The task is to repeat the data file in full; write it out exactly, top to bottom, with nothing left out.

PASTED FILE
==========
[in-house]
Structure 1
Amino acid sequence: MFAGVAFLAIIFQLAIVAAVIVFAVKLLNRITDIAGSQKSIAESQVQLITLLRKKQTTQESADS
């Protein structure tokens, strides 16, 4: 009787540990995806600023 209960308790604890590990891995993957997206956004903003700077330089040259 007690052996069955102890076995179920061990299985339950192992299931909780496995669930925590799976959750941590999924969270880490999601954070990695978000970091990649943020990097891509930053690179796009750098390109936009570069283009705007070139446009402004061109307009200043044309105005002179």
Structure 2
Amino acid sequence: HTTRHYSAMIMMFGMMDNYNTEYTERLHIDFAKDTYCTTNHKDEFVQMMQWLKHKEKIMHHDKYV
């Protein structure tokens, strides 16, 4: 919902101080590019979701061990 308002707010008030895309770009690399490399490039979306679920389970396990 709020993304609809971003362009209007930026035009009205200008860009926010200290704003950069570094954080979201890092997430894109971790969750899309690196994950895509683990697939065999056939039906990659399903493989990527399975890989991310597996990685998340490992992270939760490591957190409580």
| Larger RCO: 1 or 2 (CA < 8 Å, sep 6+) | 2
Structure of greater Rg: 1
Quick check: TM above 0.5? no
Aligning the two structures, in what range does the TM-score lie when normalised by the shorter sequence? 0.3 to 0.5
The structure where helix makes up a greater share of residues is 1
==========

[in-house]
Structure 1
Amino acid sequence: MFAGVAFLAIIFQLAIVAAVIVFAVKLLNRITDIAGSQKSIAESQVQLITLLRKKQTTQESADS
């Protein structure tokens, strides 16, 4: 009787540990995806600023 209960308790604890590990891995993957997206956004903003700077330089040259 007690052996069955102890076995179920061990299985339950192992299931909780496995669930925590799976959750941590999924969270880490999601954070990695978000970091990649943020990097891509930053690179796009750098390109936009570069283009705007070139446009402004061109307009200043044309105005002179």
Structure 2
Amino acid sequence: HTTRHYSAMIMMFGMMDNYNTEYTERLHIDFAKDTYCTTNHKDEFVQMMQWLKHKEKIMHHDKYV
């Protein structure tokens, strides 16, 4: 919902101080590019979701061990 308002707010008030895309770009690399490399490039979306679920389970396990 709020993304609809971003362009209007930026035009009205200008860009926010200290704003950069570094954080979201890092997430894109971790969750899309690196994950895509683990697939065999056939039906990659399903493989990527399975890989991310597996990685998340490992992270939760490591957190409580």
| Larger RCO: 1 or 2 (CA < 8 Å, sep 6+) | 2
Structure of greater Rg: 1
Quick check: TM above 0.5? no
Aligning the two structures, in what range does the TM-score lie when normalised by the shorter sequence? 0.3 to 0.5
The structure where helix makes up a greater share of residues is 1